By Kris Grant
Gold Star mom Krista Keating-Joseph has always been a runner. She won an Arizona state medal for the mile in high school and a scholarship for cross country to the University of Arizona in Tucson. And she began sharing her love of running with her three young children, Charlie, Billy and Adele.
In the wake of the loss of her son, Special Warfare Operator 1st Class Charles H. Keating IV, who died in combat on May 3, 2016 in Tall Usquf, Iraq, she has penned two children’s books in his memory, that recount his early years. Keating lived in Coronado during his years as a Navy SEAL.
“Big-Hearted Charlie Runs the Mile” was published earlier this year and is available on Amazon for $12.66. It was just named the Best Children’s Picture Book by the Florida Writers Association (Keating-Joseph resides in Florida). Her second book, “Big-Hearted Charlie Never Gives Up,” released this November, is available on Amazon for $13.95. Both books feature illustrations by Keating-Joseph’s mother, Phyllis Holmes.
The first book is for children, ages 3 to 6, and addresses young Charlie’s tenacity for running. The second book is for first to third graders and recounts Charlie’s fun adventures growing up, ending at high school.
Krista and Charles Keating III divorced when Charlie was 3 years old, and running became a strong bond between Charlie and his mother, who lived in Paradise Valley, Ariz.
“The kids were all involved with soccer but I really saw how much Charlie loved to run and I saw he was talented,” she said. “We were going to a million soccer matches. Charlie showed his brother and sister how much fun running was, and soon I had 70 kids enrolled in the Arizona Track Club.”
As one of the youngest runners in the club, Charlie was smaller, and at first came in last or close to last in races. “I told him, ‘Charlie, you can quit whenever you want. You don’t have to run.’ But he loved running and as he grew, he began getting faster. Then he got a medal. He found his niche.”
By the time Charlie was 10, he was in nationals with USA Track & Field. And as a high school freshman, he was running against seniors. “He was very tough,” said Keating-Joseph. “He just kept working harder. He ran morning and night and made the medal stand at the Arizona meet for high school.”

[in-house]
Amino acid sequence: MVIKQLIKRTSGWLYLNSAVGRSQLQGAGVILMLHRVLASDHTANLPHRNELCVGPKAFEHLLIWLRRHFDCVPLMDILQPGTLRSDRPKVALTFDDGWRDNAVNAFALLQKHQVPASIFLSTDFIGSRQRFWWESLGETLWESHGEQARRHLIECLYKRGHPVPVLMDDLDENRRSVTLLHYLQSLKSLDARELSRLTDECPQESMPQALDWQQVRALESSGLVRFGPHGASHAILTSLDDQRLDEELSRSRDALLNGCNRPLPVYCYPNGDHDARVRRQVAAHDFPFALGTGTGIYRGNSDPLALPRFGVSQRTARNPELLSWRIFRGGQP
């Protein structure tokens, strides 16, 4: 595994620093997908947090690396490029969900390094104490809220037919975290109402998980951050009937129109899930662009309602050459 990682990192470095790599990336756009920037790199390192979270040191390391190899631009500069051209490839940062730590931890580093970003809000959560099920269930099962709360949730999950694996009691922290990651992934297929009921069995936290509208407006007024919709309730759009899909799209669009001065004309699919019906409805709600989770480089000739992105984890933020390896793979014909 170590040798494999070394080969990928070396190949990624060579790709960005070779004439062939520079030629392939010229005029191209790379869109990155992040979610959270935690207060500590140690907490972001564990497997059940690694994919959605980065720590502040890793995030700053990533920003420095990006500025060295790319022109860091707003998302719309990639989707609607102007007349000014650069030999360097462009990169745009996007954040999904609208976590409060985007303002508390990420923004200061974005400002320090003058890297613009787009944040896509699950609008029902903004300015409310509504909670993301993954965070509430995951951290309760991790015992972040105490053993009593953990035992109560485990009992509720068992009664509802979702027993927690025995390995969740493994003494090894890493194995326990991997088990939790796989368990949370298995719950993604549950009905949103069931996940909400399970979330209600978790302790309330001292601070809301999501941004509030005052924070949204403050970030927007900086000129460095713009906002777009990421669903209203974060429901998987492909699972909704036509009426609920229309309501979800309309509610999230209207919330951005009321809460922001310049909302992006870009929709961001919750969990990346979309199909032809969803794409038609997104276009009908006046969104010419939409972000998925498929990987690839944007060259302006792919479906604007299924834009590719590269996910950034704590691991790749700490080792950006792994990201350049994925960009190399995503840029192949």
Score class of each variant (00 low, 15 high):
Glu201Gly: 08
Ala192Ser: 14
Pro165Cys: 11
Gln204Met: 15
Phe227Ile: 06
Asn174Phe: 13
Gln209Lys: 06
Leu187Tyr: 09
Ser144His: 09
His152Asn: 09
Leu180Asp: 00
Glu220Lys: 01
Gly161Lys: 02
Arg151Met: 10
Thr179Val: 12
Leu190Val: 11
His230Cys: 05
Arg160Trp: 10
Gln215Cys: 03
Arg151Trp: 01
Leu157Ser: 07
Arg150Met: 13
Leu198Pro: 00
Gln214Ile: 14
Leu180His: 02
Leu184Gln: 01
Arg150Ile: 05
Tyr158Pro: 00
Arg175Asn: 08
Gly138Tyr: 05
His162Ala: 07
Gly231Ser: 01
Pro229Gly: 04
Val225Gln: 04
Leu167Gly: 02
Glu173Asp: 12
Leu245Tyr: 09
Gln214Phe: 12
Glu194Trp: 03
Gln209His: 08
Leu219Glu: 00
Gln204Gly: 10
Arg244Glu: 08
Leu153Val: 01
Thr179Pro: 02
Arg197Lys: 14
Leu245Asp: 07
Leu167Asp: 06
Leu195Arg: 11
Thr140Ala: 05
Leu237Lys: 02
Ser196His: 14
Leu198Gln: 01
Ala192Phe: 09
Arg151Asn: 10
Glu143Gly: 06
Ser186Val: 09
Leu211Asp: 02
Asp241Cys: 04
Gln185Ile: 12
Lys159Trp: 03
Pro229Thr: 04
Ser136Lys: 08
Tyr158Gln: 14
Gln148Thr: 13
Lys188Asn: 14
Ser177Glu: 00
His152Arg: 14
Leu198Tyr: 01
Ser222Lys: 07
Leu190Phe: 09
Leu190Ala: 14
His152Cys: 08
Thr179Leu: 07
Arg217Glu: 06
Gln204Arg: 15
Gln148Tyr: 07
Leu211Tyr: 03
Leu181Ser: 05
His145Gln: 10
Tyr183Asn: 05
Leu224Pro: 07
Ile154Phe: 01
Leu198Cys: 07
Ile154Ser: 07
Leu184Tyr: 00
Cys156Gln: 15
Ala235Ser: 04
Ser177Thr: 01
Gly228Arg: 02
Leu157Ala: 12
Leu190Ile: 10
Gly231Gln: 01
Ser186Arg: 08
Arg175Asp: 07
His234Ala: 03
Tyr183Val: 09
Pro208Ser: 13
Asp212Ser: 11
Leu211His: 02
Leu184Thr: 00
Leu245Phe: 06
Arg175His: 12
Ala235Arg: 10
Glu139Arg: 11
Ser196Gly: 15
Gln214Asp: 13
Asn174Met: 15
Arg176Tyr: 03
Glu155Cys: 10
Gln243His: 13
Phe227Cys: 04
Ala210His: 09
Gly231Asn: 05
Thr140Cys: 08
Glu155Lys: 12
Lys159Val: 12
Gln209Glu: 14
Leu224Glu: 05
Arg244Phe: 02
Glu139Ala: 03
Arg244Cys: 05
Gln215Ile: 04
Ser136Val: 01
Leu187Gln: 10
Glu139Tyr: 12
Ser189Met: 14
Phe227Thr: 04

Charlie went to the University of Indiana in Bloomington, his father’s alma mater, where he connected with Coach Robert Chapman. After completing two years of college and breaking the four-minute mile, he told his mother, “I’m going to BUD/S because I’m in the best shape of my life.” He graduated from BUD/S (Basic Underwater Demolition/SEAL), the first phase of SEAL training in 2008.
“He also wanted to be a SEAL because it was the hardest thing you could do,” said Keating-Joseph, noting that Charlie had a SEAL poster in his bedroom at age 8. “Charlie gave 150 percent all the time — in roller hockey; football, mountain biking, and running.”
He gave 150 percent as a SEAL as well, she said.
She heard the news on TV about a firefight at Tall Usquf, Iraq and one SEAL casualty. “And I knew then, I just knew, it was Charlie,” she said. “It had to be God or faith, but it wasn’t that hard to figure out. He had the wherewithal. He came to visit before he deployed and I beseeched him, ‘Please don’t be a hero.’”
She heard about the attack of 200 ISIS members against the Kurdish peshmergas, whom SEAL Team 1 was embedded with. “Our guys were supposed to ‘advise-and-assist’ them; they weren’t supposed to fight, but Charlie picked up a weapon and took on this Trojan horse and saved a town.”
Keating-Joseph had visited Coronado when Charlie was young and they competed in track meets in San Diego.
But she was overwhelmed with the outpouring of support from the citizens on the days leading up to, and the day of, Charlie’s funeral service at Sacred Heart Catholic Church. “The people at the Marriott were so kind, and there were random acts of kindness everywhere, like when my husband had forgotten to bring his suit. We went to Brady’s Men’s Store and when we went to pay for it, somebody else had paid for it and to this day we don’t know who that was.”
As the funeral procession drove slowly from the church to North Island Naval Air Station, it was greeted with silent mourners, both adults and children, lining the curbs, with large American flags held by members of Coronado Rotary. And as the procession approached Fort Rosecrans National Cemetery, 50 local families representing the Kurdish community held Iraqi flags in Charlie’s honor.
This summer, Keating was posthumously awarded the Navy Cross, one of the Navy’s highest honors, for helping to defeat a Trojan attack by taking out a tank full of terrorists a month before he was killed in Tall Usquf. The family returned to Fort Rosecrans this August to upgrade his gravestone with his Navy Cross honor.
Keating-Joseph often returns to visit friends and family in Coronado and one of her favorite activities is running on the beach.
“I’m running from the Navy base to the dog park and having Charlie chatting in my ear. And then I turn and look at this beautiful scene of the crescent beach and the Hotel Del looking back at me; it’s like a reward,” Keating-Joseph said. “And a peace just overcomes my heart.”